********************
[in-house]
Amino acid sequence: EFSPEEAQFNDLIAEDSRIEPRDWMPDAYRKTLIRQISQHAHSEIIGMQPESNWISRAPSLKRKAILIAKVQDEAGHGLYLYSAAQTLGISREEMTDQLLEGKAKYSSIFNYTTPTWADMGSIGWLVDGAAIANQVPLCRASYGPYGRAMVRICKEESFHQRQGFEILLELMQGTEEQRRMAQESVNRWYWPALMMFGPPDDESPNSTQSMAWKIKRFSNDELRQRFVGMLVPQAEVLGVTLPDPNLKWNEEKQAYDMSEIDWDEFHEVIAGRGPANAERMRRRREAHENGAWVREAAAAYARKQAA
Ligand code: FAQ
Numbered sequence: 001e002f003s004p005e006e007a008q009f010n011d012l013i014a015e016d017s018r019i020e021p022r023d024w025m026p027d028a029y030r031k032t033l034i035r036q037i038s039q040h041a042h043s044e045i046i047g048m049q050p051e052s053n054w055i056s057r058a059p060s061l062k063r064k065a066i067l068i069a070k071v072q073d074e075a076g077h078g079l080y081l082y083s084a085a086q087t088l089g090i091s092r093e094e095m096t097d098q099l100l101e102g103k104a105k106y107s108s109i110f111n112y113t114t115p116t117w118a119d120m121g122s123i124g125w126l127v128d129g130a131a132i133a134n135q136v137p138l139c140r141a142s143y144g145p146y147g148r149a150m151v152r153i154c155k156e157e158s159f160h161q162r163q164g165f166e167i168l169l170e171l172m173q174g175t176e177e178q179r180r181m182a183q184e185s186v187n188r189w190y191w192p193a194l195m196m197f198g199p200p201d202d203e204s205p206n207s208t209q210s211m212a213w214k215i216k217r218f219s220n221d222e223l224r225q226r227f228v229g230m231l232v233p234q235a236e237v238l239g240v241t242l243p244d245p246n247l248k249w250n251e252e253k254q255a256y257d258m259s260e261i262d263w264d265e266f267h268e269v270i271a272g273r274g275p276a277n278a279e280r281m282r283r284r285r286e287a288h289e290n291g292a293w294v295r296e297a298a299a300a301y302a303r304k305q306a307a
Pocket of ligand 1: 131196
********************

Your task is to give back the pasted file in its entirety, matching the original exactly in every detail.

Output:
[in-house]
Amino acid sequence: EFSPEEAQFNDLIAEDSRIEPRDWMPDAYRKTLIRQISQHAHSEIIGMQPESNWISRAPSLKRKAILIAKVQDEAGHGLYLYSAAQTLGISREEMTDQLLEGKAKYSSIFNYTTPTWADMGSIGWLVDGAAIANQVPLCRASYGPYGRAMVRICKEESFHQRQGFEILLELMQGTEEQRRMAQESVNRWYWPALMMFGPPDDESPNSTQSMAWKIKRFSNDELRQRFVGMLVPQAEVLGVTLPDPNLKWNEEKQAYDMSEIDWDEFHEVIAGRGPANAERMRRRREAHENGAWVREAAAAYARKQAA
Ligand code: FAQ
Numbered sequence: 001e002f003s004p005e006e007a008q009f010n011d012l013i014a015e016d017s018r019i020e021p022r023d024w025m026p027d028a029y030r031k032t033l034i035r036q037i038s039q040h041a042h043s044e045i046i047g048m049q050p051e052s053n054w055i056s057r058a059p060s061l062k063r064k065a066i067l068i069a070k071v072q073d074e075a076g077h078g079l080y081l082y083s084a085a086q087t088l089g090i091s092r093e094e095m096t097d098q099l100l101e102g103k104a105k106y107s108s109i110f111n112y113t114t115p116t117w118a119d120m121g122s123i124g125w126l127v128d129g130a131a132i133a134n135q136v137p138l139c140r141a142s143y144g145p146y147g148r149a150m151v152r153i154c155k156e157e158s159f160h161q162r163q164g165f166e167i168l169l170e171l172m173q174g175t176e177e178q179r180r181m182a183q184e185s186v187n188r189w190y191w192p193a194l195m196m197f198g199p200p201d202d203e204s205p206n207s208t209q210s211m212a213w214k215i216k217r218f219s220n221d222e223l224r225q226r227f228v229g230m231l232v233p234q235a236e237v238l239g240v241t242l243p244d245p246n247l248k249w250n251e252e253k254q255a256y257d258m259s260e261i262d263w264d265e266f267h268e269v270i271a272g273r274g275p276a277n278a279e280r281m282r283r284r285r286e287a288h289e290n291g292a293w294v295r296e297a298a299a300a301y302a303r304k305q306a307a
Pocket of ligand 1: 131196